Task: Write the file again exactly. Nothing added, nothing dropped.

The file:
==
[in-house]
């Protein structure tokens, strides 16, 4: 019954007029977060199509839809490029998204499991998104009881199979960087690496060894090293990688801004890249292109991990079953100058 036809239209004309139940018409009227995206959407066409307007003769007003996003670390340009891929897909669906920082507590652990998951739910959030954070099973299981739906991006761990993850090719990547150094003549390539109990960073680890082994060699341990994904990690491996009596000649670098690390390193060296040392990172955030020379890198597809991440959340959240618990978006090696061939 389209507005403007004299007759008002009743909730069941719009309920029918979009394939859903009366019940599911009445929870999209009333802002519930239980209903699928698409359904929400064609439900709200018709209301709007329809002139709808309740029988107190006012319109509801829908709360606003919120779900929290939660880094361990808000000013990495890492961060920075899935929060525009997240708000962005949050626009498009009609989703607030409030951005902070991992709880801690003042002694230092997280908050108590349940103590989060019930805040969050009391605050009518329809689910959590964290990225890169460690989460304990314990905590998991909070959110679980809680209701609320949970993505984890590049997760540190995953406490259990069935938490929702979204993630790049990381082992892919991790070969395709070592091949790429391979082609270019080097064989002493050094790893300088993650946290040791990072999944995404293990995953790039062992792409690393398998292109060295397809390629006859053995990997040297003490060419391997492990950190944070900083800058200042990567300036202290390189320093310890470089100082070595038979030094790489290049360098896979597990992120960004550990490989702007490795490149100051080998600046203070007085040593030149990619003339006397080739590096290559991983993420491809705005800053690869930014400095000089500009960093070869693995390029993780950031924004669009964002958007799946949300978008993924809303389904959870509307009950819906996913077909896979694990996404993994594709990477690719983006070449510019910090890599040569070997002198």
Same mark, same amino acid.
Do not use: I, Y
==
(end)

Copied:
[in-house]
């Protein structure tokens, strides 16, 4: 019954007029977060199509839809490029998204499991998104009881199979960087690496060894090293990688801004890249292109991990079953100058 036809239209004309139940018409009227995206959407066409307007003769007003996003670390340009891929897909669906920082507590652990998951739910959030954070099973299981739906991006761990993850090719990547150094003549390539109990960073680890082994060699341990994904990690491996009596000649670098690390390193060296040392990172955030020379890198597809991440959340959240618990978006090696061939 389209507005403007004299007759008002009743909730069941719009309920029918979009394939859903009366019940599911009445929870999209009333802002519930239980209903699928698409359904929400064609439900709200018709209301709007329809002139709808309740029988107190006012319109509801829908709360606003919120779900929290939660880094361990808000000013990495890492961060920075899935929060525009997240708000962005949050626009498009009609989703607030409030951005902070991992709880801690003042002694230092997280908050108590349940103590989060019930805040969050009391605050009518329809689910959590964290990225890169460690989460304990314990905590998991909070959110679980809680209701609320949970993505984890590049997760540190995953406490259990069935938490929702979204993630790049990381082992892919991790070969395709070592091949790429391979082609270019080097064989002493050094790893300088993650946290040791990072999944995404293990995953790039062992792409690393398998292109060295397809390629006859053995990997040297003490060419391997492990950190944070900083800058200042990567300036202290390189320093310890470089100082070595038979030094790489290049360098896979597990992120960004550990490989702007490795490149100051080998600046203070007085040593030149990619003339006397080739590096290559991983993420491809705005800053690869930014400095000089500009960093070869693995390029993780950031924004669009964002958007799946949300978008993924809303389904959870509307009950819906996913077909896979694990996404993994594709990477690719983006070449510019910090890599040569070997002198």
Same mark, same amino acid.
Do not use: I, Y